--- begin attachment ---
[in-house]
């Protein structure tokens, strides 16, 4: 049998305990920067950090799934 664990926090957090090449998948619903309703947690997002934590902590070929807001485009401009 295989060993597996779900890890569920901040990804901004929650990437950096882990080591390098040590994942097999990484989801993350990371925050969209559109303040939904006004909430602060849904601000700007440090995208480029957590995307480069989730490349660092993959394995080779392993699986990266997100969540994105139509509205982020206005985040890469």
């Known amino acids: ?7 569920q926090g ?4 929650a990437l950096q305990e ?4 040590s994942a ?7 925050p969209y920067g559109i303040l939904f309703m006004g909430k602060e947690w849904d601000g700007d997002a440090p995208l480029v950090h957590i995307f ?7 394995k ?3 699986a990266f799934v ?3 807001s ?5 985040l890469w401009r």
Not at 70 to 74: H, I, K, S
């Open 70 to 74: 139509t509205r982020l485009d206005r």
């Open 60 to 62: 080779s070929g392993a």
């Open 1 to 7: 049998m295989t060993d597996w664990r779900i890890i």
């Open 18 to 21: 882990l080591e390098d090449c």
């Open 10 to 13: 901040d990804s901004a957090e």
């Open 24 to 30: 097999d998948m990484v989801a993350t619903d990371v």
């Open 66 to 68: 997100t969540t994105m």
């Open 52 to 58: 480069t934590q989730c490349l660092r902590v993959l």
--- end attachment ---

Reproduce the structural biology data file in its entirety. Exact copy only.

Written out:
[in-house]
């Protein structure tokens, strides 16, 4: 049998305990920067950090799934 664990926090957090090449998948619903309703947690997002934590902590070929807001485009401009 295989060993597996779900890890569920901040990804901004929650990437950096882990080591390098040590994942097999990484989801993350990371925050969209559109303040939904006004909430602060849904601000700007440090995208480029957590995307480069989730490349660092993959394995080779392993699986990266997100969540994105139509509205982020206005985040890469």
């Known amino acids: ?7 569920q926090g ?4 929650a990437l950096q305990e ?4 040590s994942a ?7 925050p969209y920067g559109i303040l939904f309703m006004g909430k602060e947690w849904d601000g700007d997002a440090p995208l480029v950090h957590i995307f ?7 394995k ?3 699986a990266f799934v ?3 807001s ?5 985040l890469w401009r």
Not at 70 to 74: H, I, K, S
């Open 70 to 74: 139509t509205r982020l485009d206005r």
């Open 60 to 62: 080779s070929g392993a």
């Open 1 to 7: 049998m295989t060993d597996w664990r779900i890890i």
């Open 18 to 21: 882990l080591e390098d090449c």
């Open 10 to 13: 901040d990804s901004a957090e």
């Open 24 to 30: 097999d998948m990484v989801a993350t619903d990371v």
């Open 66 to 68: 997100t969540t994105m």
């Open 52 to 58: 480069t934590q989730c490349l660092r902590v993959l």